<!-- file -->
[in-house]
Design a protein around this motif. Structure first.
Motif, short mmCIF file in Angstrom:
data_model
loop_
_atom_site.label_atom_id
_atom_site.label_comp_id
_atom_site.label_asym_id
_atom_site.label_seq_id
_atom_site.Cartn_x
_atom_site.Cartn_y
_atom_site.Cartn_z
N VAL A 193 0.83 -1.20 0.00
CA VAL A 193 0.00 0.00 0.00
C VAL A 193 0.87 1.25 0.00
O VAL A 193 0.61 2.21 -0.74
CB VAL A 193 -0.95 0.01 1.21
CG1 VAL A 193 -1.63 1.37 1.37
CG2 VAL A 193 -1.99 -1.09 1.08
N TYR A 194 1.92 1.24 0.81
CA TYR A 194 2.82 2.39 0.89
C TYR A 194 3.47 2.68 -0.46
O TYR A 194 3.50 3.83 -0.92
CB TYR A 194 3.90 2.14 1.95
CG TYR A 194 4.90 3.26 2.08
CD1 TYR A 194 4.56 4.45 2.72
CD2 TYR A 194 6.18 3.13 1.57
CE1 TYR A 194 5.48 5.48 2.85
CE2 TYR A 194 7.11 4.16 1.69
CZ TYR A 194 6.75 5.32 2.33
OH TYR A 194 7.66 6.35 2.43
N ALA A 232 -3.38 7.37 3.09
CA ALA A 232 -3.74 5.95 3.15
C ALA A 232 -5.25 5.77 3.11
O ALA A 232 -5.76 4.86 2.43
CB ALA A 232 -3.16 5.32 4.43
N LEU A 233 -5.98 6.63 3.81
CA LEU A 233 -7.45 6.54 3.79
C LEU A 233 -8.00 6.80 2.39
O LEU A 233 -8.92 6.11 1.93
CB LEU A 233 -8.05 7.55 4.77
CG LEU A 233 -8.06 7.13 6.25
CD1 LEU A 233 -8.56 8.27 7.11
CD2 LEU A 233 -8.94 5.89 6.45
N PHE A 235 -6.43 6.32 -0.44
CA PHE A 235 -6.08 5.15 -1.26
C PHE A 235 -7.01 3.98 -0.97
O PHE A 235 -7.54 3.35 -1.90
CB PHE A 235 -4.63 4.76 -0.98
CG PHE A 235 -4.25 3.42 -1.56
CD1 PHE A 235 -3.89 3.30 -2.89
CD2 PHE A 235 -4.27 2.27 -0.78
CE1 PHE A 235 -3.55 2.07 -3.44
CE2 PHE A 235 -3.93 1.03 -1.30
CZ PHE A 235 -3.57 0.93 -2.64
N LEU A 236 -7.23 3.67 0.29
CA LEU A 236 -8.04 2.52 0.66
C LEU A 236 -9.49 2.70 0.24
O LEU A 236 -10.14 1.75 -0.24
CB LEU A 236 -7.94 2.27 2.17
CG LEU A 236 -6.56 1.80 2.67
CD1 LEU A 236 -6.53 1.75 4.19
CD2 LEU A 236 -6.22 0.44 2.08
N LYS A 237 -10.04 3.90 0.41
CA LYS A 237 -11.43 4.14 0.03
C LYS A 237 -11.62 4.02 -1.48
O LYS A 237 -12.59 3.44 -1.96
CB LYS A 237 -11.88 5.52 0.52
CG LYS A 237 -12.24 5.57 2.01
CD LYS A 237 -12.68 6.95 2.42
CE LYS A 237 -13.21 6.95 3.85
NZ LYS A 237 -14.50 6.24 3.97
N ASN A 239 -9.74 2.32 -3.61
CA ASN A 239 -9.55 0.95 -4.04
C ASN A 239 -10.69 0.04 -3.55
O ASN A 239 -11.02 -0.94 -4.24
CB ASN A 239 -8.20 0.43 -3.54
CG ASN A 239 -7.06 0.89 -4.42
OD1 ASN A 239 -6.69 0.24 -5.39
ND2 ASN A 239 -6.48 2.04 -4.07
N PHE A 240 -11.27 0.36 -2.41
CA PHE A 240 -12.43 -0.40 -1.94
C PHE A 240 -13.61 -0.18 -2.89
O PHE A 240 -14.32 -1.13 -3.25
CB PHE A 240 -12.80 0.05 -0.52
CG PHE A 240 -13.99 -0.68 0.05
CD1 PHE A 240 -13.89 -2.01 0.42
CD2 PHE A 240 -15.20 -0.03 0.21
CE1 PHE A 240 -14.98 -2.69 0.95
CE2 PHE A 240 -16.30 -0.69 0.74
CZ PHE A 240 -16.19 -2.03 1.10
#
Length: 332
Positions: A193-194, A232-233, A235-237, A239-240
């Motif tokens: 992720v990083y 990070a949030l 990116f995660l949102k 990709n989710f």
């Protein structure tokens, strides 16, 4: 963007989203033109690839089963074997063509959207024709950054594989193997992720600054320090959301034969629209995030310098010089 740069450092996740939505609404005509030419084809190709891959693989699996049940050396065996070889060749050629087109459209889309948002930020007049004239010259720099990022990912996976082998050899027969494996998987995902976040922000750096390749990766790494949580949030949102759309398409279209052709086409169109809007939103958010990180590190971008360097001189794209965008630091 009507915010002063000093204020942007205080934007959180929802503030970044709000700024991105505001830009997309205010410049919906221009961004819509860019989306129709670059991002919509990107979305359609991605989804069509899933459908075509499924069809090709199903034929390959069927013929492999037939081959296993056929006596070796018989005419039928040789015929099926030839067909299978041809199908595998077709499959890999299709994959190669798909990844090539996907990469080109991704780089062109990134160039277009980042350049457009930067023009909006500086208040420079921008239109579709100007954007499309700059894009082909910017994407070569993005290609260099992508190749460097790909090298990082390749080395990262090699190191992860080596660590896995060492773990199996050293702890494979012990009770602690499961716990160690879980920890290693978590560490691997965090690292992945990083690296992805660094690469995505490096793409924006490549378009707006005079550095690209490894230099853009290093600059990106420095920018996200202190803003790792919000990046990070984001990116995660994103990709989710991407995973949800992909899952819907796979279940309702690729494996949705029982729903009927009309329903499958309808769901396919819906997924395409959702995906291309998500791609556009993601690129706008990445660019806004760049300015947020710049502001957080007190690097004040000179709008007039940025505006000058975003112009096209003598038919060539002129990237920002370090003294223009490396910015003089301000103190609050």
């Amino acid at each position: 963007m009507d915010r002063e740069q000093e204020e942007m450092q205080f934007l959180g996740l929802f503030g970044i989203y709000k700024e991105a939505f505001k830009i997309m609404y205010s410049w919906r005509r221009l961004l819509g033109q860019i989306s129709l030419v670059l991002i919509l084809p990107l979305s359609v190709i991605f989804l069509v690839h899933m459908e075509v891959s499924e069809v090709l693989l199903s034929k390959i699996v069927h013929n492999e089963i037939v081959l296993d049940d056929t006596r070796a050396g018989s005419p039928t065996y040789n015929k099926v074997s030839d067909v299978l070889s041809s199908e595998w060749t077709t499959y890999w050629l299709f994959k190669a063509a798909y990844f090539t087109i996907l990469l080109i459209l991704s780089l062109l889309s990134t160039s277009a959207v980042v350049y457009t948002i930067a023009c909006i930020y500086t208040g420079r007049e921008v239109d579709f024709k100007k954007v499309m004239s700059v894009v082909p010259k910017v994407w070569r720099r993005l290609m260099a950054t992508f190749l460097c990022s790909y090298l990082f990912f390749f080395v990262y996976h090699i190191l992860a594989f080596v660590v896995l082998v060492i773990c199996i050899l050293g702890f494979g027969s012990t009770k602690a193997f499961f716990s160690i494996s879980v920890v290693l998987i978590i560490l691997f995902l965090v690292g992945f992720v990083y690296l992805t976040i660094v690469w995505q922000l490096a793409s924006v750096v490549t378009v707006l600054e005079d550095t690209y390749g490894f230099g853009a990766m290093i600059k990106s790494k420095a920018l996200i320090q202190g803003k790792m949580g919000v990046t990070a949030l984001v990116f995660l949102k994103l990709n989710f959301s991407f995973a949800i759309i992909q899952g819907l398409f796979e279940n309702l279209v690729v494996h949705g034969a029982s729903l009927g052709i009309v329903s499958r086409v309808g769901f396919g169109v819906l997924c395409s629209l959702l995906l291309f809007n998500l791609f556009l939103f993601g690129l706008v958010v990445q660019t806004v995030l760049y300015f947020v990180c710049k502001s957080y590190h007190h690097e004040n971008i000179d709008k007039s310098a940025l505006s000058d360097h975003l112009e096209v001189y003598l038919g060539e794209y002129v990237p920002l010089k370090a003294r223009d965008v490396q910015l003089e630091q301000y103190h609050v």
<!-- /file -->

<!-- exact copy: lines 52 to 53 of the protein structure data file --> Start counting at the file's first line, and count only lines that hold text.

CD2 PHE A 235 -4.27 2.27 -0.78
CE1 PHE A 235 -3.55 2.07 -3.44